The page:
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I am working on a little "development" language for my personal use. I do not plan to make it advanced at all (although I don't know what will happen at later points), but I've run into a problem.

I am not very experienced with RegExp and I want to use it to check whatever a part of the code is defining a new variable or running function. In this case, I need a RegExp that will check if the user is defining a variable.

So, lets say I have a part like this: $abcd = 5

Now, the RegExp should meet the next criteria: - It should check if the first letter is "$" (that's easy: "\$") - Now, the letters after "$" (lets call them variable name) are the problem. Variable name can contain letters [a-z, A-Z], numbers [0-9] and underscores [_] - The next thing, space between the variable name and "=" can be infinitely long (it can be one space ( ), or a millions of spaces - that should make no difference - Than comes the equal sign (this is easy as well - "\=") - The same as in the third one applies for space after equal sign - And at the end variable value. There should be no RegExp validation for this.

Thanks in advance!

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If you're looking to parse PHP you should look into the native functions. –  Jason McCreary Apr 26 '11 at 20:15

3 Answers 3

up vote 4 down vote accepted

You do not want to use regular expressions for a task like this. It will quickly turn into a nightmare. What you want is a simple grammar and a recursive-descent parser.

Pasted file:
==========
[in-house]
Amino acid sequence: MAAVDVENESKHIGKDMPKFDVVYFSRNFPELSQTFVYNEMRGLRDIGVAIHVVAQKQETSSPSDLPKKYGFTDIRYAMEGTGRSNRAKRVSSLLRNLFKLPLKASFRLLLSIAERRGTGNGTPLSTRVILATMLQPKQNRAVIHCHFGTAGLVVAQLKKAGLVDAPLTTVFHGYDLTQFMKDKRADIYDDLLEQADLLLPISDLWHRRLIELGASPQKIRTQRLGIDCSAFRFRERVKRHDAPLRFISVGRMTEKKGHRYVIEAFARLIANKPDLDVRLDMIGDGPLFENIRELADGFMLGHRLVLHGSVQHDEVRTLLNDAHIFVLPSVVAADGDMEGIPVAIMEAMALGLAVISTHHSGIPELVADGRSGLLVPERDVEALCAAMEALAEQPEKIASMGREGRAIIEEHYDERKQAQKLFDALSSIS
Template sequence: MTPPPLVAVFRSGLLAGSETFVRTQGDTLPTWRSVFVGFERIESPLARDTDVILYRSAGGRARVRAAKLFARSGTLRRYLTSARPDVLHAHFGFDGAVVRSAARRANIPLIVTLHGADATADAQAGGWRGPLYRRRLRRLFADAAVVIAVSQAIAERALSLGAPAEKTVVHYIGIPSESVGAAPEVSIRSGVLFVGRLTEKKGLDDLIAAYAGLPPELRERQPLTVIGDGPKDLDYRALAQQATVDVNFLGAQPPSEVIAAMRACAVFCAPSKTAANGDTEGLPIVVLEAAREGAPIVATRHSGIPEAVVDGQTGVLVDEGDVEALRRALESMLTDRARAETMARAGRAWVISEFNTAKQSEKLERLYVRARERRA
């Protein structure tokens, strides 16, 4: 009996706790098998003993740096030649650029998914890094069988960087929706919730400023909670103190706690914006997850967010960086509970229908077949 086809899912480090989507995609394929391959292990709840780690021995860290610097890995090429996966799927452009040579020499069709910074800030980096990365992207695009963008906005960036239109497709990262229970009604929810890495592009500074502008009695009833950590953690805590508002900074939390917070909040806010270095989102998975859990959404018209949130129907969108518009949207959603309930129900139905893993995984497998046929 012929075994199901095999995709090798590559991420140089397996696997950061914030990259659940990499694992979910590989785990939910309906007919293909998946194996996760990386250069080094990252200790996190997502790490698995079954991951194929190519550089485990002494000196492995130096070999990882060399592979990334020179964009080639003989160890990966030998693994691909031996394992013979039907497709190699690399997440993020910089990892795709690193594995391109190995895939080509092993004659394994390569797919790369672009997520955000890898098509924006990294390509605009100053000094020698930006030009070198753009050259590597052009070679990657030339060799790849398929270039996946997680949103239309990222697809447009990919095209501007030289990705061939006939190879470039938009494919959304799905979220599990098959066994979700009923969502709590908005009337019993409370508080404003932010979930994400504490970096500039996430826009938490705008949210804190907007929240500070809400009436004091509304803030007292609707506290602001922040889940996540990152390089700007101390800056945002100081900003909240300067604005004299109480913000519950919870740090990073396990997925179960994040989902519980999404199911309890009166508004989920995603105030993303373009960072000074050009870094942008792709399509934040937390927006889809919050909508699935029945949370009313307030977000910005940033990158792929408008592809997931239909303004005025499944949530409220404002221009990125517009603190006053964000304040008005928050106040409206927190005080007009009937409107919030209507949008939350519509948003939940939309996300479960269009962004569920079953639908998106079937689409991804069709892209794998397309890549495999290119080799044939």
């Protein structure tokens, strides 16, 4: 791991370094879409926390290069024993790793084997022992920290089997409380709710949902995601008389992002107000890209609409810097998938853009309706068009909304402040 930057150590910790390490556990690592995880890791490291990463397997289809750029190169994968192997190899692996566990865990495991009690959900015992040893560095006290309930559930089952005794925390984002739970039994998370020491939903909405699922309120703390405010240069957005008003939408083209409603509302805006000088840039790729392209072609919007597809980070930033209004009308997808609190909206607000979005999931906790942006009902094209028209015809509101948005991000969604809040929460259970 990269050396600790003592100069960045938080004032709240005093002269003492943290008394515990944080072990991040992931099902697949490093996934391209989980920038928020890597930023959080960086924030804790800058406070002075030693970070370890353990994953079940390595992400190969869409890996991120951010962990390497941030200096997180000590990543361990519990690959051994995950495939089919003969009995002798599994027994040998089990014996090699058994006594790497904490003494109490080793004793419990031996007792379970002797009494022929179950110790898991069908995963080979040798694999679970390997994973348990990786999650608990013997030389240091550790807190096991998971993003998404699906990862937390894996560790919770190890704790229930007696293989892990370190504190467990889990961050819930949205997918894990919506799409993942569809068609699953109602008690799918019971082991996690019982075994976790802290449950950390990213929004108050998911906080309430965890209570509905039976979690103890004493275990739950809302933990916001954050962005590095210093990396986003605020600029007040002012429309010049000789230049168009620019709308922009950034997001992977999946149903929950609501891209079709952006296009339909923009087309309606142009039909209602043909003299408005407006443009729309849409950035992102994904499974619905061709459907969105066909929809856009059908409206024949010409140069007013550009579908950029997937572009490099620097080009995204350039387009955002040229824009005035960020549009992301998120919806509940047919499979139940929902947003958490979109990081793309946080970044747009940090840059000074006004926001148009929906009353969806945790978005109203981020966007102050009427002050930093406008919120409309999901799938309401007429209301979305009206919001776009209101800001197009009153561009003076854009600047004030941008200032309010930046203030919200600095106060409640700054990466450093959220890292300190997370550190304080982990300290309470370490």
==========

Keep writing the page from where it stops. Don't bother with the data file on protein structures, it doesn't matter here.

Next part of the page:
That being said, something like this should work:

/\$[a-zA-Z0-9_]+\s*=\s*[0-9]+$/

This will only match cases where you're assigning a number to variable. If you want to assign other values, you are going to have to make the regular expression more complicated (see what I meant about it turning into a nightmare? :) ). For example, if you want to assign a string value to your variable, the regex will be different. You will also have to take into account things like escaped quotes and concatenation. Doing these things with a regular expression is very difficult.

A simple grammar for function calls and variable definitions could look like this:

<program>             ::= { <statement> }
<statement>           ::= <function-call> | <variable-assignment>
<function-call>       ::= <identifier>, '(', [ <parameter-list> ], ')'
<identifier>          ::= <valid-starting-char>, { <valid-char> }
<valid-starting-char> ::= [A-Za-z_]
<valid-char>          ::= [A-Za-z]
<parameter-list>      ::= <identifier>, { ',', <identifier> }
<variable-assignment> ::= '$', <identifier>, '=', <value>
<value>               ::= <number> | <string>
<number>              ::= <digit>, { <digit> }
<string>              ::= '"', ( { <character> | <escaped-character> } ), '"'
<character>           ::= .
<escaped-character>   ::= '\', <character>

This grammar doesn't take into account concatenation, numbers with fractional values (i.e., after the decimal point), and negative numbers. But it's pretty simple and should give you a good starting point. There are many tutorials out there that tell you how to create a recursive-descent parser from an EBNF. You will still need to tokenize your input.

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Ok, first off, if you're creating a language, you need a lexer to tokenize the string (based on regular expressions) and a parser to interpret the language (based on a grammar).

With that being said, your regex is:

\$[a-zA-Z_0-9]+[ \t\n]*=[ \t\n]*[0-9]+
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Just a quick note on the above replies:

[a-zA-Z0-9_] 

is the same as

\w
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